Yesterday was my first day of residency: July 4th, Independence Day. I couldn't help but smile given it was my first day as an independent doctor…well, sort of
There are two types of medical programs in Canada:
What happens after medical school? We apply and match (after lots of praying) to a specialty residency program (ranging from 2-5 years of extra training). We spend tons of money flying across the country, interviewing at dozens of school, hoping to fit the bill and be "ranked" by a program. Mine is rural family medicine (2 – 3 years, depending on whether I choose to do an extra year in a specific area like anesthesia). Residency is like an apprenticeship of sorts – we've passed our licensing exam and can write prescriptions and carry the letters "Dr" and "MD" in our pockets – but we continue to be evaluated by our teachers on a regular basis. This is the time when we try to gain as much practical
So here I am in sunny Lethbridge, day two of residency, filled with excitement and fear about the responsibilities ahead. I'm starting with a psychiatry block, which some might consider a slow start to residency, but as a future rural family physician, this is one of the most important blocks for me. After only one day, my brain is full of new thoughts and ideas about mental health and how to better serve patients. I'd like to share one of the first lessons I learned which helps frame every mental health (albeit even human) encounter.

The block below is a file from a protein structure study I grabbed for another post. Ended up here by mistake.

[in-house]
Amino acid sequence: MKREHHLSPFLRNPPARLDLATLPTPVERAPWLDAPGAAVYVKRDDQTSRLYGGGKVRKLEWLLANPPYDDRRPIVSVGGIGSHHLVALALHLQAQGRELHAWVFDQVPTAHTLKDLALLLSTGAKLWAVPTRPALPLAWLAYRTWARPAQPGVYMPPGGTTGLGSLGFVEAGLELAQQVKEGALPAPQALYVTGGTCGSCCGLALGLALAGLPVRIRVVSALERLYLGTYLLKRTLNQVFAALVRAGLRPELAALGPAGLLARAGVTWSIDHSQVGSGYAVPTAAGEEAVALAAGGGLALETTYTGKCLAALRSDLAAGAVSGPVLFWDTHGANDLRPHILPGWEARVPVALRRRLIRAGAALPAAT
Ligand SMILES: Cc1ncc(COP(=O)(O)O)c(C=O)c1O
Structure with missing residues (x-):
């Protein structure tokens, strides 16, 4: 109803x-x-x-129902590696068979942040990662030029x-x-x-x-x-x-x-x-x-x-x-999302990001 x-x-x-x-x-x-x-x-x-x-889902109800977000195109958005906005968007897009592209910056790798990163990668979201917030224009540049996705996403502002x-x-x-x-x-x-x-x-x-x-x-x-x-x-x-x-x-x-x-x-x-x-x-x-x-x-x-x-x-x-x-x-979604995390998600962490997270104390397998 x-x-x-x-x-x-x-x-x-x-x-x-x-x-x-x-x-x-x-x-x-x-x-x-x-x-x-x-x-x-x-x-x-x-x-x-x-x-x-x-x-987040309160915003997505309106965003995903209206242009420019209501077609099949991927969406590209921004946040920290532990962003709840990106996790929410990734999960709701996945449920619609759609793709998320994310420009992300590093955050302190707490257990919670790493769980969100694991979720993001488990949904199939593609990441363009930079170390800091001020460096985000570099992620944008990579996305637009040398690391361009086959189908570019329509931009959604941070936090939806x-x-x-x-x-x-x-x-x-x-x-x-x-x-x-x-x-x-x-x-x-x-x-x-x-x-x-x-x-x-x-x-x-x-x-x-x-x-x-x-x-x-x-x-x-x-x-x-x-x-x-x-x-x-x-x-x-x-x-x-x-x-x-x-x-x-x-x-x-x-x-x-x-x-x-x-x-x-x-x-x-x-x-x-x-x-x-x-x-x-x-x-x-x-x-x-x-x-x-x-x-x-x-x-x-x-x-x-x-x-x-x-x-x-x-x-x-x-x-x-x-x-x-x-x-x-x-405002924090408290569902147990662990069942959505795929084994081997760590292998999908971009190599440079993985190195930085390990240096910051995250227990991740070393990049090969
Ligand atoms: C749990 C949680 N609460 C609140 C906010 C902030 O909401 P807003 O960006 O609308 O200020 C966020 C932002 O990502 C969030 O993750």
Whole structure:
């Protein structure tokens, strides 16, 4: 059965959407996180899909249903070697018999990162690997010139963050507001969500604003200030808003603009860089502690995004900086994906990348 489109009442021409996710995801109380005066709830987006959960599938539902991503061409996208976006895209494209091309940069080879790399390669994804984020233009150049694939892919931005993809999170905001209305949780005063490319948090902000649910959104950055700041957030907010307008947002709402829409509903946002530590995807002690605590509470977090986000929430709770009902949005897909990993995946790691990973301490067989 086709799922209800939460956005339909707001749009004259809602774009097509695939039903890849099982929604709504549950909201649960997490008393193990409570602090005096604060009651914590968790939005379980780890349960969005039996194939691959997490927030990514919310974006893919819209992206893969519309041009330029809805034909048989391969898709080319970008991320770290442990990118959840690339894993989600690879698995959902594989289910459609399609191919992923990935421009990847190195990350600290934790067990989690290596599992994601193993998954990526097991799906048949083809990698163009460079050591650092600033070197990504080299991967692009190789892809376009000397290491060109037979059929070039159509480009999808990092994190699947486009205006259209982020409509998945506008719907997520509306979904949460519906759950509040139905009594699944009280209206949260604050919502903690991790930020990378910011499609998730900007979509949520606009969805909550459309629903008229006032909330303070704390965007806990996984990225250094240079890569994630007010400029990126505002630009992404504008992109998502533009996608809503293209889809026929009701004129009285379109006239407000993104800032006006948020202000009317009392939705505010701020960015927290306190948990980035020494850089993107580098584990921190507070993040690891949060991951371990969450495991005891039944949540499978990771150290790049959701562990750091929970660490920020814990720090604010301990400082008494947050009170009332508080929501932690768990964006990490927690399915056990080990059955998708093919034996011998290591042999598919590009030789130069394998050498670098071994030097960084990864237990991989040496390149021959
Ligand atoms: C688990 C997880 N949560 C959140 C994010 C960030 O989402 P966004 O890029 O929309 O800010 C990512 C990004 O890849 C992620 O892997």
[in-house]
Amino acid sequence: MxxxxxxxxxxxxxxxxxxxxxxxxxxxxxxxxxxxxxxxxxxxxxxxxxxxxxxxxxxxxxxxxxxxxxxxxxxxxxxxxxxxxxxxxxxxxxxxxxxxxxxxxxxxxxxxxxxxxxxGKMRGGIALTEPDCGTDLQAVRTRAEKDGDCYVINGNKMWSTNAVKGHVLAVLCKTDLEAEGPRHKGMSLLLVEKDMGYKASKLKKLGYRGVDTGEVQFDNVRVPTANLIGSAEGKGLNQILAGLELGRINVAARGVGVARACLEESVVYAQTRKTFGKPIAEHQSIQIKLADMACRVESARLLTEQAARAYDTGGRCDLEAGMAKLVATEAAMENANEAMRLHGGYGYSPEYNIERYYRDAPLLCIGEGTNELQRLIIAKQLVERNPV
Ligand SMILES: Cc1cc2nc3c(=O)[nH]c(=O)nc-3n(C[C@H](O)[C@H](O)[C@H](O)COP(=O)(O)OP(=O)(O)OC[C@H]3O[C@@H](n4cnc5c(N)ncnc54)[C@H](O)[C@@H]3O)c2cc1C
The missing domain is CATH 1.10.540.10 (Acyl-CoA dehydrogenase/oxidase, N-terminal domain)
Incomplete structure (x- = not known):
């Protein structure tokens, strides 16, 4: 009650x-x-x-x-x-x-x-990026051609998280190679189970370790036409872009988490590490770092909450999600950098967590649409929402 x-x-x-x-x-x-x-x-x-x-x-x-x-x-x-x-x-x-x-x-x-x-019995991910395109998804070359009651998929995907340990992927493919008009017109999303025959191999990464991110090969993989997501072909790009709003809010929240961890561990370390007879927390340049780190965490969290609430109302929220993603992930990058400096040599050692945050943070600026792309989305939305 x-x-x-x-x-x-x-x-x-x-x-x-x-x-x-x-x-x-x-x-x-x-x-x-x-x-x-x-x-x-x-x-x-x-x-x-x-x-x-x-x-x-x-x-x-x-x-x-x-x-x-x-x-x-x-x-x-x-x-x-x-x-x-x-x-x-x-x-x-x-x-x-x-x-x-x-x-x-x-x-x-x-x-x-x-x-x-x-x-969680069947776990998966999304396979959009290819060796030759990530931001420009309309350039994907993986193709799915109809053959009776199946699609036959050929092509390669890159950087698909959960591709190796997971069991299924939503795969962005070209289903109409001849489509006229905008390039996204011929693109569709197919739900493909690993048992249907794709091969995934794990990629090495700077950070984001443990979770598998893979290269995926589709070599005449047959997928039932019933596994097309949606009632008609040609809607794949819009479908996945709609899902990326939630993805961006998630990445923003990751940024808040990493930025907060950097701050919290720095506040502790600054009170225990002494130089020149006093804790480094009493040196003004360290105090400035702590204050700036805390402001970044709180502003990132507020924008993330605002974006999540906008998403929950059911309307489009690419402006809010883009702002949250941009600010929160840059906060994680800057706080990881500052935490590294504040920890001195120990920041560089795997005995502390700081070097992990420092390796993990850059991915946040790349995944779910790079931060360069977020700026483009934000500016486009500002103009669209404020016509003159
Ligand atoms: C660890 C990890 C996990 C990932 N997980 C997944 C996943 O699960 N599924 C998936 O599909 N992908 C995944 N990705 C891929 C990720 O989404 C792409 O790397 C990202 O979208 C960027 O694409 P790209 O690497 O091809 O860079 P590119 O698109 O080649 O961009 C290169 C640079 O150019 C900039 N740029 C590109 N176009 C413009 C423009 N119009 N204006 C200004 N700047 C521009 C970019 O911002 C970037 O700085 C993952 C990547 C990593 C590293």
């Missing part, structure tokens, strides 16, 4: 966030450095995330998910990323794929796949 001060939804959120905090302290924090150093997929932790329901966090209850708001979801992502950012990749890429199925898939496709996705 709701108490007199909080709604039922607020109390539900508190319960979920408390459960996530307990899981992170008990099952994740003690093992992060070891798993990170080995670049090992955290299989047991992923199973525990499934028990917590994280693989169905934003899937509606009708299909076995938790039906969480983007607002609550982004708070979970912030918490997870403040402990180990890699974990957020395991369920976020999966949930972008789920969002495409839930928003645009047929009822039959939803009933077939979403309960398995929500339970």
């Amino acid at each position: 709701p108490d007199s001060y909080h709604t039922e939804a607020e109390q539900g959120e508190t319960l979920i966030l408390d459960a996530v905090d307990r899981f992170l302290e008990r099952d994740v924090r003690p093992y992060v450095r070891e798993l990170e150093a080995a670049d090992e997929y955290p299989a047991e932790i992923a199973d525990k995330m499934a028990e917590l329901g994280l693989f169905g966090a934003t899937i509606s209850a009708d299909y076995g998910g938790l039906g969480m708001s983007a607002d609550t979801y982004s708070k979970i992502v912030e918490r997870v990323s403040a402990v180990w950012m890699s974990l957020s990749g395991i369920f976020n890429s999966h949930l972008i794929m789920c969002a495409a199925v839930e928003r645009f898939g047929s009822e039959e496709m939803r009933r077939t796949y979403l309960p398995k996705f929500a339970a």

There are 6 primary emotions humans express: joy, sadness, anger, fear,
I challenge you to try this with children. We took a positive parenting course when our first daughter was born and it had some great ideas and some that didn't quite jive. The best tool we did take home, however, is especially emotion driven. Next time a child near you throws a tantrum or gets nonsensically upset, rather than getting upset in return or jumping to disciplinary action, ask for a hug. I assure you it is not the reaction they expect and it melts away the frustration. That